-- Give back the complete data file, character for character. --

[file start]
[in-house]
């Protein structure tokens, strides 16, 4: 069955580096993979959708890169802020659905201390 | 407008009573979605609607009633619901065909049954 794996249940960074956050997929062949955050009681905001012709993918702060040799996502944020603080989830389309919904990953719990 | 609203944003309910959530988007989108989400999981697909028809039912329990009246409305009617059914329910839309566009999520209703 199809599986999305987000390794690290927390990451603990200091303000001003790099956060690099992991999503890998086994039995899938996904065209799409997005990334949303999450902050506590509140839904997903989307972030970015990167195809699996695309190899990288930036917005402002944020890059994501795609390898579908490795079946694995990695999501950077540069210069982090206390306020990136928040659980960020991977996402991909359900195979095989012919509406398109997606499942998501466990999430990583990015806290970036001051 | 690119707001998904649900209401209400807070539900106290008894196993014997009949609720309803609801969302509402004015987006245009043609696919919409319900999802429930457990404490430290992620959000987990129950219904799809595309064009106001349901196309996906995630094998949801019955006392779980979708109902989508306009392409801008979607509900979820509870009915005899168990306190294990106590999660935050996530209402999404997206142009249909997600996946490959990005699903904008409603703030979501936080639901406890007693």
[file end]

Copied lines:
[in-house]
């Protein structure tokens, strides 16, 4: 069955580096993979959708890169802020659905201390 | 407008009573979605609607009633619901065909049954 794996249940960074956050997929062949955050009681905001012709993918702060040799996502944020603080989830389309919904990953719990 | 609203944003309910959530988007989108989400999981697909028809039912329990009246409305009617059914329910839309566009999520209703 199809599986999305987000390794690290927390990451603990200091303000001003790099956060690099992991999503890998086994039995899938996904065209799409997005990334949303999450902050506590509140839904997903989307972030970015990167195809699996695309190899990288930036917005402002944020890059994501795609390898579908490795079946694995990695999501950077540069210069982090206390306020990136928040659980960020991977996402991909359900195979095989012919509406398109997606499942998501466990999430990583990015806290970036001051 | 690119707001998904649900209401209400807070539900106290008894196993014997009949609720309803609801969302509402004015987006245009043609696919919409319900999802429930457990404490430290992620959000987990129950219904799809595309064009106001349901196309996906995630094998949801019955006392779980979708109902989508306009392409801008979607509900979820509870009915005899168990306190294990106590999660935050996530209402999404997206142009249909997600996946490959990005699903904008409603703030979501936080639901406890007693």